Black in black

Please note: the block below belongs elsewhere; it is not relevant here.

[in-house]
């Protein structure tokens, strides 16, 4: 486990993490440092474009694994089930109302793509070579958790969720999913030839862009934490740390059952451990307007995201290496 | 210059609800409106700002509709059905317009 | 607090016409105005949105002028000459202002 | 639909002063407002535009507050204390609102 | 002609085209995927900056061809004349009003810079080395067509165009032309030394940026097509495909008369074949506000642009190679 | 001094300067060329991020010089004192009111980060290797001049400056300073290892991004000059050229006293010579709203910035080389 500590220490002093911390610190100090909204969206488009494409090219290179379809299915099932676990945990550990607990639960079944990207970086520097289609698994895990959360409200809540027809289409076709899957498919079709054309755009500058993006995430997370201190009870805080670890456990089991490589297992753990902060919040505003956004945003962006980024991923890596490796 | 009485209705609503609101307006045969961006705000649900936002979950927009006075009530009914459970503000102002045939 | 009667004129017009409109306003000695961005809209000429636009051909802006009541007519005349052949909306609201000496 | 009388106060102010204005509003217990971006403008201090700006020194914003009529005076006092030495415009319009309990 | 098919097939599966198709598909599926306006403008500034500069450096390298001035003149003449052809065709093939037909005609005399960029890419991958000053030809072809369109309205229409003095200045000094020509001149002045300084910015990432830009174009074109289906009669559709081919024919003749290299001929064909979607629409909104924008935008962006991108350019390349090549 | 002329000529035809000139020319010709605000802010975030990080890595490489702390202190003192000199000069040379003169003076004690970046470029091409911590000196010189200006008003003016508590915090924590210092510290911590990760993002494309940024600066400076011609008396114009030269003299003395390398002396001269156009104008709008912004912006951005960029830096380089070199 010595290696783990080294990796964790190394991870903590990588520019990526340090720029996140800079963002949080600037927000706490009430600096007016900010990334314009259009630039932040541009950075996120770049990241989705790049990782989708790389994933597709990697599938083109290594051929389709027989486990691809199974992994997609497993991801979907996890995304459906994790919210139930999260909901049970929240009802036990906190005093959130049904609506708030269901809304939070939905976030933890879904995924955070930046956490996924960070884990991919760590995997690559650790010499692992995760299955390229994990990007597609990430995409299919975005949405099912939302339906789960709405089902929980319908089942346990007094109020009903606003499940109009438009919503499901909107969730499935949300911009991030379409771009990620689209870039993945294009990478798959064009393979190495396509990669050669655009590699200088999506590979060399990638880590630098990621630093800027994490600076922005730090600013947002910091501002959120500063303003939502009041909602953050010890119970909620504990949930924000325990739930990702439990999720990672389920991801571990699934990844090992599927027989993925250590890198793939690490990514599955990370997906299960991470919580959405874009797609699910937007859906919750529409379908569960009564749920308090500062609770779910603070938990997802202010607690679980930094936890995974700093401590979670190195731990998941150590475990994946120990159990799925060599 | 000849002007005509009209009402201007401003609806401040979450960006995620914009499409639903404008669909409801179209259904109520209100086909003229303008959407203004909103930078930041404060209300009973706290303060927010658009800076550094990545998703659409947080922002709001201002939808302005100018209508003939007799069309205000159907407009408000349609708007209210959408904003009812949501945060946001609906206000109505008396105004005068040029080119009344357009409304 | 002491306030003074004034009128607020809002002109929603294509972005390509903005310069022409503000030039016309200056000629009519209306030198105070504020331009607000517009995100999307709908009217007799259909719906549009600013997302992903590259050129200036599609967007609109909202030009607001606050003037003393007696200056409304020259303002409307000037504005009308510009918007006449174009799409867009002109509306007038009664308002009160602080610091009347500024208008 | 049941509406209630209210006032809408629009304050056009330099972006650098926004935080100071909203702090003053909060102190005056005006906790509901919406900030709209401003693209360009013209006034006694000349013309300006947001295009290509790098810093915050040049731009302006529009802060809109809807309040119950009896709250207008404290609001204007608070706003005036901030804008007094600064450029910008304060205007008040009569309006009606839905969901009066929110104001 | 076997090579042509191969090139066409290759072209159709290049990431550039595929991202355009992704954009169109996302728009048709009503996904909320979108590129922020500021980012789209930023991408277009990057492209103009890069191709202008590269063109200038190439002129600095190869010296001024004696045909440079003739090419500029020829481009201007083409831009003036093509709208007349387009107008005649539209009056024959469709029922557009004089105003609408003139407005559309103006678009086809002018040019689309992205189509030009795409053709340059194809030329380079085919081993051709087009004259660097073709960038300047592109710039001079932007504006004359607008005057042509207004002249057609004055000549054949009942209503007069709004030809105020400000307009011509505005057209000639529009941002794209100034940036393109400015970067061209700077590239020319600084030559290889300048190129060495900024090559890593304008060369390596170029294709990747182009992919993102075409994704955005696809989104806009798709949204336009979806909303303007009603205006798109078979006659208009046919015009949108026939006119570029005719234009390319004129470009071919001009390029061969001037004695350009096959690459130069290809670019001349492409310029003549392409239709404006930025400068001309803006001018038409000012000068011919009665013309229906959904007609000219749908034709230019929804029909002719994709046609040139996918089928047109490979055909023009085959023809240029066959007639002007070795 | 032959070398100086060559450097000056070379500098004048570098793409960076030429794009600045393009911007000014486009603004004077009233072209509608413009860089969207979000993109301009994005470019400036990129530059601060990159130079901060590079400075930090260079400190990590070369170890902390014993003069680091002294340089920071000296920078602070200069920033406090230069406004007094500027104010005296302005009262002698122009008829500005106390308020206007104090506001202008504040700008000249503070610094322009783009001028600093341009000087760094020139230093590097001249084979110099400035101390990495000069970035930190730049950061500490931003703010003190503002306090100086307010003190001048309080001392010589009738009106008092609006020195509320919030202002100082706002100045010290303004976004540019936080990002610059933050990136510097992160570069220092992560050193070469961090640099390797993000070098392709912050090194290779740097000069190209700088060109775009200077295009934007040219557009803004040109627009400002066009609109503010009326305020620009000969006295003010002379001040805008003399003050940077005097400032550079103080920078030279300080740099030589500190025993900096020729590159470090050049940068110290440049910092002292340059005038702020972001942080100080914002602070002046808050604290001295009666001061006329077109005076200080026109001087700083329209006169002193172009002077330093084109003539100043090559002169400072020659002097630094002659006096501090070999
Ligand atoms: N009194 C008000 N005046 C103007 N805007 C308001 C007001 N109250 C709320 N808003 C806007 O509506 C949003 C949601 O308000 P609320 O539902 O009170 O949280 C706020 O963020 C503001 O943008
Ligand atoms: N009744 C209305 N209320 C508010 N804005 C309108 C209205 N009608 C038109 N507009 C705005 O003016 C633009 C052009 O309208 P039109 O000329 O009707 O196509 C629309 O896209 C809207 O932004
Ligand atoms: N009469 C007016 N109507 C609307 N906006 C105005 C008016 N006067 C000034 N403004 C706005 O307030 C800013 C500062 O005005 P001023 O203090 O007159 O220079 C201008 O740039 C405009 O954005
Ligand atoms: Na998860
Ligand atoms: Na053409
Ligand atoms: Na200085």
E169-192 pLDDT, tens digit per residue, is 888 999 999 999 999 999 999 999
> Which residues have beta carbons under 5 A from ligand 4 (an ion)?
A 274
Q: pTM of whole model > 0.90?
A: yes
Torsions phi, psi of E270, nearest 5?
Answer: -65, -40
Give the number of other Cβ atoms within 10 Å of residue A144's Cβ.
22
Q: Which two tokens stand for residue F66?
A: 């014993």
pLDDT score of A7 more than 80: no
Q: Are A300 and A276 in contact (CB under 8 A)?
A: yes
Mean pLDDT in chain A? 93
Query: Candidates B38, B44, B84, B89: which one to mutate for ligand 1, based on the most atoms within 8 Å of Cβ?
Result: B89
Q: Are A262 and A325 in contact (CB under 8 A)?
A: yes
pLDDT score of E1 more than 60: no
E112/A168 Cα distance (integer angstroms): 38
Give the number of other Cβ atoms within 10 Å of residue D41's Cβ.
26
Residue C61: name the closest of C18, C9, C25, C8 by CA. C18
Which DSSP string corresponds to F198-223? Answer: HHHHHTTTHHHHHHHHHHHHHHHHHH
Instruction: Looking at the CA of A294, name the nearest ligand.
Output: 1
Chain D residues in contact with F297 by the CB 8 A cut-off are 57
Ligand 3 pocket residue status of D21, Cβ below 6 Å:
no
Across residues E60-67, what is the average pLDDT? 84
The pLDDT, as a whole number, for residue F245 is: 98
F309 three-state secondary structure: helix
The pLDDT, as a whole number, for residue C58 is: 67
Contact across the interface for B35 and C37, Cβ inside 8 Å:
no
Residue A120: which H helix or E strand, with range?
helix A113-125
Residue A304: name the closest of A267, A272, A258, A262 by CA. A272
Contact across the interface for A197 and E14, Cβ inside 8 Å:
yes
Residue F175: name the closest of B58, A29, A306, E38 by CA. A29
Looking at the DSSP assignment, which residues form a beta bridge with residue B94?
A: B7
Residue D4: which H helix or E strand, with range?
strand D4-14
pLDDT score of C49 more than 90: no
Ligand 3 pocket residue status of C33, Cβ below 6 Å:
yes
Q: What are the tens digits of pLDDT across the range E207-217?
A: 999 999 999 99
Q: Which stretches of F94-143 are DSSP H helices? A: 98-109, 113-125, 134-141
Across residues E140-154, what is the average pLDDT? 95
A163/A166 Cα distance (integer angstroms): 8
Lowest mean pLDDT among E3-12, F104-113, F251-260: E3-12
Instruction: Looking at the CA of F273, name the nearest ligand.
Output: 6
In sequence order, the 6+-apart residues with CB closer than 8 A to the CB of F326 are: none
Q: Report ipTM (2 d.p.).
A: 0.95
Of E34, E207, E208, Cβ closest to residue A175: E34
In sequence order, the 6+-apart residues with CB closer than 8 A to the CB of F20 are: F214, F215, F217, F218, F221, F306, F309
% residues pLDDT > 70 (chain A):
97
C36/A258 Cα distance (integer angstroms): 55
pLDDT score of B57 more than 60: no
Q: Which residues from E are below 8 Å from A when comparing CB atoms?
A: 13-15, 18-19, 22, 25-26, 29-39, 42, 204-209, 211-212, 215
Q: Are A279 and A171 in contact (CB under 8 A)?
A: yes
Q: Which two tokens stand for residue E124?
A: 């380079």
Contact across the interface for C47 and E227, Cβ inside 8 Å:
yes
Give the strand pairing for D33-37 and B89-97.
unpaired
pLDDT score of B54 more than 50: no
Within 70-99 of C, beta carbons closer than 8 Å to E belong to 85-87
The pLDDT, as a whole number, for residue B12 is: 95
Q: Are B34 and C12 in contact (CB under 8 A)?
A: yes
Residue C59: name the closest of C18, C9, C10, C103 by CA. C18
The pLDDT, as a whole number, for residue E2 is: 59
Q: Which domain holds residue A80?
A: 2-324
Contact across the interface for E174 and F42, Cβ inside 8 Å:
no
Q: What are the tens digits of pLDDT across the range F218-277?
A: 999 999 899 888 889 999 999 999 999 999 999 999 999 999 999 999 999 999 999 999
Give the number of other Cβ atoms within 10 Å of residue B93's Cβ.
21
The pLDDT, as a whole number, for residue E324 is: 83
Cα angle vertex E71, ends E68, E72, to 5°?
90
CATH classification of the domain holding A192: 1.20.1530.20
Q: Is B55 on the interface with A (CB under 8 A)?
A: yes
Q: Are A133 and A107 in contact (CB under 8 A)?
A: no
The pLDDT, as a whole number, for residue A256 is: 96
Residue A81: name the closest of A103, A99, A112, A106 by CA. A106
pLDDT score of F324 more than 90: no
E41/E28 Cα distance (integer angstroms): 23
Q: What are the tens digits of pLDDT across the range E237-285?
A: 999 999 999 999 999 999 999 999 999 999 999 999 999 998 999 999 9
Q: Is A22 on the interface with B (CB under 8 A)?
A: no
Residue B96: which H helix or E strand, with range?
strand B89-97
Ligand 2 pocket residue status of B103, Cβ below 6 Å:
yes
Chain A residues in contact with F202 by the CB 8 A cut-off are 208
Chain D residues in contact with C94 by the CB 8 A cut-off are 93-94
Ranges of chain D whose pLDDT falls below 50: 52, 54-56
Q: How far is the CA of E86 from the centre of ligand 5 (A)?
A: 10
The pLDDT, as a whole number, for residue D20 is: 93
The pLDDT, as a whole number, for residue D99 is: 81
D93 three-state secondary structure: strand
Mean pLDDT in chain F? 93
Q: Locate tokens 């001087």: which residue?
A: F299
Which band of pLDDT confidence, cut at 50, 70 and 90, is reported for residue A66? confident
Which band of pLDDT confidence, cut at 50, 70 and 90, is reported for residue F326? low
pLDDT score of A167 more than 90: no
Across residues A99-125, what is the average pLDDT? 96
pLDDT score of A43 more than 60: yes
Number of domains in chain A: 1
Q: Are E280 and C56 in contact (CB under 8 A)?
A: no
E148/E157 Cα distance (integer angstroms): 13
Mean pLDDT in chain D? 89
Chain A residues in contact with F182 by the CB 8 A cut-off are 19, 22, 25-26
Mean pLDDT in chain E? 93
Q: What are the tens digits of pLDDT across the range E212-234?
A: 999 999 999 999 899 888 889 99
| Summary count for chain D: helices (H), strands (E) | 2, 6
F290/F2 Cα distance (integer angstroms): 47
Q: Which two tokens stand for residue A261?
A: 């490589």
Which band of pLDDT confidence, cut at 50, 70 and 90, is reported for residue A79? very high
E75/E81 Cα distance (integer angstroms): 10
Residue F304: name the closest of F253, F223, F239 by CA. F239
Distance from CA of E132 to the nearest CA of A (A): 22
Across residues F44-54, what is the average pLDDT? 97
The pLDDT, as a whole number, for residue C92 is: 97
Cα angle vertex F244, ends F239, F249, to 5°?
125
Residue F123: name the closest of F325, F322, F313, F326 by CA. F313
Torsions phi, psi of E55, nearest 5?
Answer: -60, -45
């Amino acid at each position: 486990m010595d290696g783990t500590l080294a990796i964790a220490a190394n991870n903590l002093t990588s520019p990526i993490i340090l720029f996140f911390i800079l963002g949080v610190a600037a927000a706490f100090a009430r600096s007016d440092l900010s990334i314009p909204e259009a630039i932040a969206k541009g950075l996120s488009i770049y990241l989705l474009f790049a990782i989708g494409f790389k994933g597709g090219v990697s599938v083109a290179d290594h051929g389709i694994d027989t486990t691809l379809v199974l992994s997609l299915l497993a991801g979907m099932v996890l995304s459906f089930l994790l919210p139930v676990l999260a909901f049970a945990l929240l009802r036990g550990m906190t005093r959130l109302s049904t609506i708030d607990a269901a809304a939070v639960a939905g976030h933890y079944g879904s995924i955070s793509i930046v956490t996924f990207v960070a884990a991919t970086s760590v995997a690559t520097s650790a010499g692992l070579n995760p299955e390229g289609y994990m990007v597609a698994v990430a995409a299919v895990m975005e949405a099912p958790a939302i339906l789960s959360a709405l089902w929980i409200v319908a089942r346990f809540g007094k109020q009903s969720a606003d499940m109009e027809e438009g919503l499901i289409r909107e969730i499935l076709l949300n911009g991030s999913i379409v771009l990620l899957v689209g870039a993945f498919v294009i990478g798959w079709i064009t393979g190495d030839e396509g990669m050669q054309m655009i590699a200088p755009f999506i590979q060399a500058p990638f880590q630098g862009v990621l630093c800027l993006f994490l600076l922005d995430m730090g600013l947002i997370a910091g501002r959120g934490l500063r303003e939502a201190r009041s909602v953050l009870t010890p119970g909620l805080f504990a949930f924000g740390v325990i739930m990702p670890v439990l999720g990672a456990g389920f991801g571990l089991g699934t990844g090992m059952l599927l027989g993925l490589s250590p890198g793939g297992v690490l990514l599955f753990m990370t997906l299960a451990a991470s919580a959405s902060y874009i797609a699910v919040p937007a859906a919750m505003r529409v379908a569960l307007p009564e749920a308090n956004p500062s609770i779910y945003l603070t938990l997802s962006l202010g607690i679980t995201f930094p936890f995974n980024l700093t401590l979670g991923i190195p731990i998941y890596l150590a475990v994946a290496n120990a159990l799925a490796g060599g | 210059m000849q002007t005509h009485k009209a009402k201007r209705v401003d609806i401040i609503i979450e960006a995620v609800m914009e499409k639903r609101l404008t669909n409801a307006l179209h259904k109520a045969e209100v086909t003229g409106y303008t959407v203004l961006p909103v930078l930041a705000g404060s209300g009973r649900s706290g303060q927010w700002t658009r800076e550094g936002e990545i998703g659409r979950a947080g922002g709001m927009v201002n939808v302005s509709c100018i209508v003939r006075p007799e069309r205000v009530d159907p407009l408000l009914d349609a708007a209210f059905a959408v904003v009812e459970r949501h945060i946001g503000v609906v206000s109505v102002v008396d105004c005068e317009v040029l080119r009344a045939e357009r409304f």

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  Motoring journalists spent a lot of time riding and/or driving. A lot of time. We're out there doing what we do because that’s what we love doing. The variety of machines we encounter is staggering – for example, in the duration of a week it’s normal to encounter everything from a piddly lil’ Activa to a RS5 to a Range Rover Sport to a Ducati Multistrada to a Rolls Royce Ghost to a Segway to an electric cycle. OK, not entirely but we’re dangerously close. That’s normal for the folks here and a bit strange to explain the concept to ‘normal people’ not in the motoring loop. That said, between all this vast variety being hurled at you at lightning pace, there are machines and experiences that latch onto you like a blood-sucking leech in the Amazon. One of those is still a vivid and crystal-clear memory – the Harley-Davidson Night Rod across Rajasthan. Many years back, throughout college in fact, I had this gigantic poster of the classic V-Rod photographed shimmering in the bright morning sun stuck on the wall and that was it for me. The inspiration, the cause, the reason – I told myself, to get through the un-ending nights of Computer Science studies that were boring enough to make Business News channels seem entertaining. It was magical – looking like nothing else ever seen before and the aluminium finish just sealed it. Britney Spears gyrating vigorously on top of it in one of her singles was nothing but fuel to the fire. Hey, you liked her too back then, alright? So, many years later, as Srini puts it – ‘life happened’ and I woke up one fine morning in Rajasthan to a Night Rod waiting for me to ride it. Surreal as it was, the first time I got on the Night Rod, the V-Rod’s sinister dark cousin, it felt every bit as special as I’d imagined it – it was like you’re perched on top of a damned V2 rocket shot straight out of hell. Your feet nearly meet your hands below the handlebars, the fat 200mm rear hoop feels like it’s your Launchpad, the uber cool design elements are straight off the drag-strip and the Porsche-fettled Revolution engine brings a tear to the enthusiast’s eye. It did to me. Not because of being emotional overwhelmed or anything but it was because the manic liquid-cooled V-Twin beast was busy trying to rip my face apart with ferocious and unrelenting velocity, only pausing when it hammered against the rev-limiter. On the gas, it didn’t wheelie, it didn’t slide – it just hunkered down and shot you into the distance without any sort of mercy! It was alive, wicked and for that time, nothing else on Earth mattered for me. Motorcycling at its best, that’s what it was. It’s sometimes easy to forget what you do and why you do it and it takes a barking mad machine like this to hang you off the cliff’s edge with nothing but a rope tied to your leg and scream back at you with a nefarious cackle - ‘Had enough?’